WINNIPEG – The Canadian NORAD Region (CANR) deployed CF-18 aircraft to Canada’s Far North just before the Easter long weekend in anticipation that Russian aircraft might be flying close to Canadian sovereign airspace as part of a Russian strategic aviation exercise.
The pride and joy of Air Command’s fighter pilots, the CF-18 provides air-to-air interception and air-to ground support to the army. The view from the back seat of this two-ship fomation flight emphasizes the excellent view from the Hornet’s cockpit.
On 13 April, Russian aircraft entered the Canadian Air Defense Identification Zone (CADIZ). Canadian fighters were positioned in Canadian sovereign airspace and were ready to intercept and escort the Russian aircraft if required. At no time did the foreign aircraft enter Canadian sovereign airspace and all aircraft returned to their respective bases without incident.
“CANR maintains a constant state of readiness,” said MGen Charlie Bouchard, Commander Canadian NORAD Region. “We were there ready to take appropriate action. CANR and NORAD maintain a constant state of readiness and this deployment is testament to our continued resolve to ensure the sovereignty of North American aerospace.”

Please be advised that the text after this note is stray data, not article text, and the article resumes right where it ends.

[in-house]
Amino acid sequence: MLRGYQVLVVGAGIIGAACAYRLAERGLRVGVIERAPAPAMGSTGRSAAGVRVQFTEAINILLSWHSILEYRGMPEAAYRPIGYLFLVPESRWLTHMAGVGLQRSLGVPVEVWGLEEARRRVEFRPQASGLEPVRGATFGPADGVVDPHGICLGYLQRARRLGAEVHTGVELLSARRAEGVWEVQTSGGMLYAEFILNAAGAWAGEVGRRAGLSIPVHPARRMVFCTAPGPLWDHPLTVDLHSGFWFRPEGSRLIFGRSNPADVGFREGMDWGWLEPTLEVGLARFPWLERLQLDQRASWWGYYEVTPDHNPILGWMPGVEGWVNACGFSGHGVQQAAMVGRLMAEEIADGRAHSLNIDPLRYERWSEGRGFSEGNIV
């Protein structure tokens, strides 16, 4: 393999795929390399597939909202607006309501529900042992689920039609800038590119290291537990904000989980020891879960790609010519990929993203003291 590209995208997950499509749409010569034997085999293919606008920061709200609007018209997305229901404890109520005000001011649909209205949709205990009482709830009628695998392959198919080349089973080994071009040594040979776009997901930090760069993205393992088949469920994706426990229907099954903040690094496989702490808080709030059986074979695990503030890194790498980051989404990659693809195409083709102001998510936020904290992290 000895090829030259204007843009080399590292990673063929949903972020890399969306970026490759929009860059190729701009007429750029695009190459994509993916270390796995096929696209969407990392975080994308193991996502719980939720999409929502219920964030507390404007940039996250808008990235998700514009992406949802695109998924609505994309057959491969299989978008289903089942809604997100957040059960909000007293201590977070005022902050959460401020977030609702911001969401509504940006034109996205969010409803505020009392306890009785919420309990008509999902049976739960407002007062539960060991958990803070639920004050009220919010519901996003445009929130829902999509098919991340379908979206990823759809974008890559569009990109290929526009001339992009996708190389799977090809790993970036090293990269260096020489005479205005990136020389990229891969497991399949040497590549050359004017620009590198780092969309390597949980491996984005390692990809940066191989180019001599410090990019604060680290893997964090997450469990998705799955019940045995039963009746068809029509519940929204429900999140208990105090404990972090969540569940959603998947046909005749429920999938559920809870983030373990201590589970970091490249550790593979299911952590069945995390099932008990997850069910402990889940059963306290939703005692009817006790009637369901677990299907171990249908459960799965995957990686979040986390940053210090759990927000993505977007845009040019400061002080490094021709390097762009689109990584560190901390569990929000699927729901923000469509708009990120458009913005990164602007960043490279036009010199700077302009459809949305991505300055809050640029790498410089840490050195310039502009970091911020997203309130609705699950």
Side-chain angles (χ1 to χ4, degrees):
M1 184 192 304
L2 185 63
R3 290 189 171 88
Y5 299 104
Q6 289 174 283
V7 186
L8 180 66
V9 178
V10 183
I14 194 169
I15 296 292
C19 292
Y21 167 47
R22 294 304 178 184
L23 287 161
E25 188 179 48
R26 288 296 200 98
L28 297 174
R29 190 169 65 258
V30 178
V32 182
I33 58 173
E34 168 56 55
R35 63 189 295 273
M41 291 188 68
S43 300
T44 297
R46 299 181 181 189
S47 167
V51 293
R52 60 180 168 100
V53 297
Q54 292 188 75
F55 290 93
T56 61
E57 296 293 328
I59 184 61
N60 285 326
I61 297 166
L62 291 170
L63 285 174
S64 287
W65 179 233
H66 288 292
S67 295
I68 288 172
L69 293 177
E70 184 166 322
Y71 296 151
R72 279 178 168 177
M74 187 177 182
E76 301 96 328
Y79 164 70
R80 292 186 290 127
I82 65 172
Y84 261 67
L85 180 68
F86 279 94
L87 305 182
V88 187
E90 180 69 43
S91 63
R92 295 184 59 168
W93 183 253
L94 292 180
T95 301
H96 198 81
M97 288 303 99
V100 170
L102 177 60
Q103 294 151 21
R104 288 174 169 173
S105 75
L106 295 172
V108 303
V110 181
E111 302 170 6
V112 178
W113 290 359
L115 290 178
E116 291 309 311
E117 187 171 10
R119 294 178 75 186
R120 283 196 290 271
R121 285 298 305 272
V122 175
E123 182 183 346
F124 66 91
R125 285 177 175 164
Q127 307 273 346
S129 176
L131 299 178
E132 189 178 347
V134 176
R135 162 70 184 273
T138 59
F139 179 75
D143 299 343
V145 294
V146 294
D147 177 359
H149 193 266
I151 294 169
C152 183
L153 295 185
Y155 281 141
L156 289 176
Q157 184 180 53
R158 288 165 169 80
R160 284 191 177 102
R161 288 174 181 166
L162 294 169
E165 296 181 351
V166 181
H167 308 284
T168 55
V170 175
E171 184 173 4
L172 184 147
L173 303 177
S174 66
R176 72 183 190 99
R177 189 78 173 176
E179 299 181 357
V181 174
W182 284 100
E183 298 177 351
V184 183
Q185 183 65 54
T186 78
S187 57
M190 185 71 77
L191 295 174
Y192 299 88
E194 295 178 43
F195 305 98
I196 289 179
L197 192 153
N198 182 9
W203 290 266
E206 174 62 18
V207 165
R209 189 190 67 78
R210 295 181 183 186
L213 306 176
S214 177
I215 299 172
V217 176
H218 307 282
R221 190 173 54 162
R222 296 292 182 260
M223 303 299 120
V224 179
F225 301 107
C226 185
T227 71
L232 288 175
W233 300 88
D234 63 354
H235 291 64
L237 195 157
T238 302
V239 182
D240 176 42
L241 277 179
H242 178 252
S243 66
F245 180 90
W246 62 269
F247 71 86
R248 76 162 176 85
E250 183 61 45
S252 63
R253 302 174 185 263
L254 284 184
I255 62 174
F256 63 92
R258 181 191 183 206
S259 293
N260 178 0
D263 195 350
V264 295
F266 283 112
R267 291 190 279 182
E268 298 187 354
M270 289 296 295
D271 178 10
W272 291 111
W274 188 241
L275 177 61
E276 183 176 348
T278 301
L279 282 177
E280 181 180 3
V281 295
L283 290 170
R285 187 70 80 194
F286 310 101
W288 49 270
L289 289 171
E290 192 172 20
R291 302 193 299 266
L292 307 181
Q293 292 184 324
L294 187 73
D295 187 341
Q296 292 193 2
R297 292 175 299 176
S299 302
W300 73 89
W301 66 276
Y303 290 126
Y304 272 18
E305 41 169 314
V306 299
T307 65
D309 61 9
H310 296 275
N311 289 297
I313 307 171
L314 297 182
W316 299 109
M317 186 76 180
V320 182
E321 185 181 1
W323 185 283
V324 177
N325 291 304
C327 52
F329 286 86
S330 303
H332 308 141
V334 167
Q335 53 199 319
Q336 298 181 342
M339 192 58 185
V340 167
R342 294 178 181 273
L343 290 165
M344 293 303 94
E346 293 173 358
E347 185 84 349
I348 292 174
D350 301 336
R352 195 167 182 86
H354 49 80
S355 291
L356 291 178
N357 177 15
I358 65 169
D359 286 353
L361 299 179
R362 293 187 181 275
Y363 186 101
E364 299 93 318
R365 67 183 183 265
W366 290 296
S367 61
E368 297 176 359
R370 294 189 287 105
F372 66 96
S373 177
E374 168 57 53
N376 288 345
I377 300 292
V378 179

The ADIZ is a buffer zone surrounding North America that facilitates the identification of aircraft well before they come into contact with sovereign North American airspace. It is airspace of defined dimensions within which the ready identification, location and control of airborne vehicles are required.
Seen here on the flight line at one of the Forward Operating Locations (FOLs), this Hornet is engaged in a northern patrol as part of Canada’s commitment to NORAD’s Northern Region.
NORAD is a bi-national Canada‑U.S. command responsible for the aerospace defense of North America. The surveillance and control of North American airspace remains a prime mission focus for the men and women of NORAD. The command retains robust air defense capabilities to execute the air sovereignty mission over Canada, Alaska, and the continental U.S. Prior to Sept. 11, 2001, we were primarily postured to look outward. Since that time, we have increased our emphasis and ability to look inward, while maintaining our ability to monitor and respond to outside threats.
Source: Canadian Forces (DND/CF)
Picture provided and copyrighted by Canadian Forces (DND/CF)
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